This is a priapulid, otherwise known as a "penis worm," and if you click the video, you'll understand how it earned that phallic moniker. These creatures are currently shaking the branches of the animal taxonomy tree thanks to a mystery surrounding their mouths and anuses.
Priapulids have long been classed as protostomes ("mouth first"), a branch of animals whose embryos develop a mouth before developing an anus. Most invertebrates fall into the protostome category, while humans and other vertebrates, as well as a few lines of invertebrate animals are deuterostomes ("mouth second"), meaning our anuses develop before our mouths. The division between protostomes and deuterostomes, first established in 1908, is an evolutionarily significant one and has informed our understanding of how various types of animals developed.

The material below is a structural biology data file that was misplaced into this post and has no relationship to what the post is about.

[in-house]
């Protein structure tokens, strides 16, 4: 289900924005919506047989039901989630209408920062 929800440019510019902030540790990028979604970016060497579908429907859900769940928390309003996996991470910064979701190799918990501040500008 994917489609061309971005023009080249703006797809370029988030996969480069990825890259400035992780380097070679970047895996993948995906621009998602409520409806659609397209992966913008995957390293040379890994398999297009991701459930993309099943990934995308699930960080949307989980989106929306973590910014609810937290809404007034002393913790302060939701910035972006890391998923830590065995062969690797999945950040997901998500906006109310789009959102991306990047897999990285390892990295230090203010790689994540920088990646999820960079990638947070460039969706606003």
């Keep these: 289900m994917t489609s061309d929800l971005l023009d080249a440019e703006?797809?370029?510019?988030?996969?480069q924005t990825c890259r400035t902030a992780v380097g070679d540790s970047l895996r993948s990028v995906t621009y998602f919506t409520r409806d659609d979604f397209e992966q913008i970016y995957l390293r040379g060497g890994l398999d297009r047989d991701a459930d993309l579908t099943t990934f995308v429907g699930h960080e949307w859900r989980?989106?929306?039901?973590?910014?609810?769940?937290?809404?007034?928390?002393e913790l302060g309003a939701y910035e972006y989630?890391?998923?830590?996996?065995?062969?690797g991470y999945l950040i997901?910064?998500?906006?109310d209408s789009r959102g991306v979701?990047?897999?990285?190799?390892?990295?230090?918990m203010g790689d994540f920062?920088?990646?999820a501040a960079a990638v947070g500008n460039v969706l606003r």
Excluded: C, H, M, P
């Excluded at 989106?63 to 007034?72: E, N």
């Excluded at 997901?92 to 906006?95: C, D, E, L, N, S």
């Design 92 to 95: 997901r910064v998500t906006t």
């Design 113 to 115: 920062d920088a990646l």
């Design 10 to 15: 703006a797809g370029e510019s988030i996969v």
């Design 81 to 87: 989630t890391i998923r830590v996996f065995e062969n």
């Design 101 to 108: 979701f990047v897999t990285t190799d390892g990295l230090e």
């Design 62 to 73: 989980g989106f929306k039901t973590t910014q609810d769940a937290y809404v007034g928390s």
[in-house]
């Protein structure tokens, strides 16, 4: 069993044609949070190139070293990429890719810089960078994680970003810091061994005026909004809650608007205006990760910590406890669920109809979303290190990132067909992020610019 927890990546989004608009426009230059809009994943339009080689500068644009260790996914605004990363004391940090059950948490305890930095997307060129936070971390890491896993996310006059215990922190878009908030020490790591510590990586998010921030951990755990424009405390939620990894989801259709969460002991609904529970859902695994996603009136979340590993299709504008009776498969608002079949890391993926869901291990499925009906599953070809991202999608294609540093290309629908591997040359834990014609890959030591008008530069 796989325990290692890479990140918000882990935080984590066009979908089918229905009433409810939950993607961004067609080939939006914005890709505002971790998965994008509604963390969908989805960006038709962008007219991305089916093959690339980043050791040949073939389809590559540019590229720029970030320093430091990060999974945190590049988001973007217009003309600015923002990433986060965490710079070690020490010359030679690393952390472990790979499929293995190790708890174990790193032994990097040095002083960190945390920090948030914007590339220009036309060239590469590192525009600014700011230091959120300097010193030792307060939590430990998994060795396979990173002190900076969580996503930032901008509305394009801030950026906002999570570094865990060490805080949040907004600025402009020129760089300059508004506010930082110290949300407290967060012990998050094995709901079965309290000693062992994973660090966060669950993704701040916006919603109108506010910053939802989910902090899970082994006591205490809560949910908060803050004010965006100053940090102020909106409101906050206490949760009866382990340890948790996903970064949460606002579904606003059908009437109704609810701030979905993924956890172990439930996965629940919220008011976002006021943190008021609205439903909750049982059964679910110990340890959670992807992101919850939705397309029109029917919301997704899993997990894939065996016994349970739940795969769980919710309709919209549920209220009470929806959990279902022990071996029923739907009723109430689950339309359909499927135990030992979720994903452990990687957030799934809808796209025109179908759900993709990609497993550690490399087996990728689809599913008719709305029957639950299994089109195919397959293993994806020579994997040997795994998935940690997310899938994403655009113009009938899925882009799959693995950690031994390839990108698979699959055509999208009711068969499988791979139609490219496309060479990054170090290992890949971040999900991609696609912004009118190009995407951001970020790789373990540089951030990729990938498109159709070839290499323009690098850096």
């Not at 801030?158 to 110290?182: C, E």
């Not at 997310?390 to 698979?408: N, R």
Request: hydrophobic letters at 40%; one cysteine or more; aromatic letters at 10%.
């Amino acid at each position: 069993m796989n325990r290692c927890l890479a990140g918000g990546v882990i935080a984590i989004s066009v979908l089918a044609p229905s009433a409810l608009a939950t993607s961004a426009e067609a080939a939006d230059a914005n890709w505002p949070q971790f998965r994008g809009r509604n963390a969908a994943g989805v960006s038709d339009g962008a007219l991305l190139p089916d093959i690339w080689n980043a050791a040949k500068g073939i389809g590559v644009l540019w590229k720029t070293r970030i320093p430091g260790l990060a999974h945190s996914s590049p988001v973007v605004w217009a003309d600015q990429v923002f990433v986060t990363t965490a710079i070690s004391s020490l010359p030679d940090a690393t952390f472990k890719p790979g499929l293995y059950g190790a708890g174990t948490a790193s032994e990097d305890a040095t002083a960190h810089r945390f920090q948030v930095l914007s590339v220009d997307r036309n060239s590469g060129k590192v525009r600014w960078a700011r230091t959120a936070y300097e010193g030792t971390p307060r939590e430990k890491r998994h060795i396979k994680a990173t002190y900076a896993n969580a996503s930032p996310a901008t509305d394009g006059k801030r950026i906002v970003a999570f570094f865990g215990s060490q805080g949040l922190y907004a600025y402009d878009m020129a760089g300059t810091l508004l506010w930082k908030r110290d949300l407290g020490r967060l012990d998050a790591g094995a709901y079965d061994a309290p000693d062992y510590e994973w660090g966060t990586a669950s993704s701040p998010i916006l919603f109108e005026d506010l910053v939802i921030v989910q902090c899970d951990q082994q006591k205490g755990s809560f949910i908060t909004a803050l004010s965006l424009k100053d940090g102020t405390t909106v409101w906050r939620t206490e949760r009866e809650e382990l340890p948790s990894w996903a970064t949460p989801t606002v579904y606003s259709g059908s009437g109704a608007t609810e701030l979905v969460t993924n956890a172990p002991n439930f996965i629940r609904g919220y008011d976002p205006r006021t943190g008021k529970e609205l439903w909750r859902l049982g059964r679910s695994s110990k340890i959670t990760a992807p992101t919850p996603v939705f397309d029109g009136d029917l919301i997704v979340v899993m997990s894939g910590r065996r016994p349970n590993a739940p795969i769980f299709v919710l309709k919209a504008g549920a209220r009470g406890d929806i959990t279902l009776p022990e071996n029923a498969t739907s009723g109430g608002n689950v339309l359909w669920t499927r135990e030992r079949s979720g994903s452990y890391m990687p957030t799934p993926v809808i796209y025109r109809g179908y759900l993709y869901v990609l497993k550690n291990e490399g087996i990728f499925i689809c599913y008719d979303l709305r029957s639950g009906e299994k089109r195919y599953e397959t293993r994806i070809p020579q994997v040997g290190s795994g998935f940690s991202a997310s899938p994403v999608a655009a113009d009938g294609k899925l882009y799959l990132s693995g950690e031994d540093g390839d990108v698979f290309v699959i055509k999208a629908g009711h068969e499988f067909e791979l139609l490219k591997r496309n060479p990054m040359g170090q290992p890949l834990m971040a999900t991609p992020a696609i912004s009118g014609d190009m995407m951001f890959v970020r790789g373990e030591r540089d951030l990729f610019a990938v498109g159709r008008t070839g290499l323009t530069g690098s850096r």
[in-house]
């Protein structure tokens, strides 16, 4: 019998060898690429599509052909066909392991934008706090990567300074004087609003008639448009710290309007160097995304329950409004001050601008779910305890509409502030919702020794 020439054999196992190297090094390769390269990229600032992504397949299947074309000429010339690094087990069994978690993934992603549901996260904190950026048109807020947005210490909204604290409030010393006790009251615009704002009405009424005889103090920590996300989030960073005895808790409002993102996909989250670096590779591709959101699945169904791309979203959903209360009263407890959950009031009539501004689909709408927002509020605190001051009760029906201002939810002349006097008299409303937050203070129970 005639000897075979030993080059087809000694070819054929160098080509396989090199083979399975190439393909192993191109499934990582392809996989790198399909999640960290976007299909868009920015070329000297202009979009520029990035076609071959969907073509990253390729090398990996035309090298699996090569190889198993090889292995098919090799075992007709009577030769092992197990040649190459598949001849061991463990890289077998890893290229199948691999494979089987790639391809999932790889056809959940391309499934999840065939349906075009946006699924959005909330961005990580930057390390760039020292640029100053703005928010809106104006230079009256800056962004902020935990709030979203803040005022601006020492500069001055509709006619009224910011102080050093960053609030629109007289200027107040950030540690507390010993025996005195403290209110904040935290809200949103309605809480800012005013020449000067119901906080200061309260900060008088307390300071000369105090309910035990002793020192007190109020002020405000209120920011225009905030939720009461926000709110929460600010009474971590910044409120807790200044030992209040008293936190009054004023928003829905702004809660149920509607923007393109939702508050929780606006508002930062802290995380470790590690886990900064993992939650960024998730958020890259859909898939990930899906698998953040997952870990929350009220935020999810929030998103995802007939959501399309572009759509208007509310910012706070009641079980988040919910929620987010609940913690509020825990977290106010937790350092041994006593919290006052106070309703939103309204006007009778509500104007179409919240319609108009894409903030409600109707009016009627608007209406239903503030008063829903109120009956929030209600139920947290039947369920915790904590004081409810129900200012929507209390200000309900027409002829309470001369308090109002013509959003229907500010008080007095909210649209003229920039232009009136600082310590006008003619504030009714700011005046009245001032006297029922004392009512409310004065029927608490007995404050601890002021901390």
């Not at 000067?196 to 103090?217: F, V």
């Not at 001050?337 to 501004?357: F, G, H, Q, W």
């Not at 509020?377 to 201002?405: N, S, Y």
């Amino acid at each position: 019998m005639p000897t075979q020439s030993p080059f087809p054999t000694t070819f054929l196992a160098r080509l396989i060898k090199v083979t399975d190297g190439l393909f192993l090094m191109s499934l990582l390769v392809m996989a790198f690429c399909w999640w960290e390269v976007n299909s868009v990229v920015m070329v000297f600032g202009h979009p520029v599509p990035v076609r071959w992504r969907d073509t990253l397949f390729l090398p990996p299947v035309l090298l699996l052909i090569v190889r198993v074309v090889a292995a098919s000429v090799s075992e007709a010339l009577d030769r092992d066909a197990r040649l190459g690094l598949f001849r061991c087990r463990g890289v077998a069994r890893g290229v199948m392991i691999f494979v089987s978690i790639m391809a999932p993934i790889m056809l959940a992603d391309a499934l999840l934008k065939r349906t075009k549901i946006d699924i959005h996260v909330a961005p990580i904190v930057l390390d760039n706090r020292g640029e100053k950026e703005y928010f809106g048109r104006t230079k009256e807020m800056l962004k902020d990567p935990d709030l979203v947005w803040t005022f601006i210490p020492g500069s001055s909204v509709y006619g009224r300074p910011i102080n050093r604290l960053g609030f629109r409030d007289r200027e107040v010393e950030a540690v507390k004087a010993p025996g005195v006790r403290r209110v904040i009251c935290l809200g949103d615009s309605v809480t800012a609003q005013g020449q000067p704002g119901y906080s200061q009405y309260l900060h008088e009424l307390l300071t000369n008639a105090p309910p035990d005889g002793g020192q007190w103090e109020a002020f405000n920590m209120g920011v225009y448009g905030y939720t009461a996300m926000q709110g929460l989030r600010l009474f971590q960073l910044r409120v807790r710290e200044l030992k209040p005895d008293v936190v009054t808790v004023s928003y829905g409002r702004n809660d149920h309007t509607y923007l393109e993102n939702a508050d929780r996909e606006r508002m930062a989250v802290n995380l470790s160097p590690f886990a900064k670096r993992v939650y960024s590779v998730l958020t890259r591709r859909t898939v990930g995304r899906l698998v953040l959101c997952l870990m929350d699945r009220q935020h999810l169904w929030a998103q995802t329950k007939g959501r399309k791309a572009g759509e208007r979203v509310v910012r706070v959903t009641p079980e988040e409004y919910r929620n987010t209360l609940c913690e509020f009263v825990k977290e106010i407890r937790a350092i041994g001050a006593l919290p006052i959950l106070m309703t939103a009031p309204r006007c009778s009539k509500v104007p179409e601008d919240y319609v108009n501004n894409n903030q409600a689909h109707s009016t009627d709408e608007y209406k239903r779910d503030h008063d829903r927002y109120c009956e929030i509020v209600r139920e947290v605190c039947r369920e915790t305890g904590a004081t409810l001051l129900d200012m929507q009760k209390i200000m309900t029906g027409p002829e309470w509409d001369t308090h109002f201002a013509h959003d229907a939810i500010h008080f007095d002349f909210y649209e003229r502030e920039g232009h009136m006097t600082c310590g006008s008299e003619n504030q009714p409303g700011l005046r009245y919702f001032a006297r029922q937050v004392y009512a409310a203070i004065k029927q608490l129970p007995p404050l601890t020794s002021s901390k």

A new study on priapulids may throw a wrench into that division, however. A team led by Andreas Hejnol, an evolutionary developmental biologist at the University of Bergen in Norway, examined the genes associated with mouth and anus formation in three-day-old priapulid embryos. When the first set of cells caved in, the genes associated with priapulid rears activated, suggesting those cells were caving in order to form an anus.
If it turns out that priapulid anuses do form before their mouths do, biologists can't simply declare them deuterostomes and call it a day. Priapulids are too closely related to other protostomes; the researchers suspect this means that early protostomes formed differently than their younger relatives do. It would also mean that the classifications of "protostome" and "deuterostome" would have to be renamed, forcing evolutionary biologists to rethink these divisions altogether.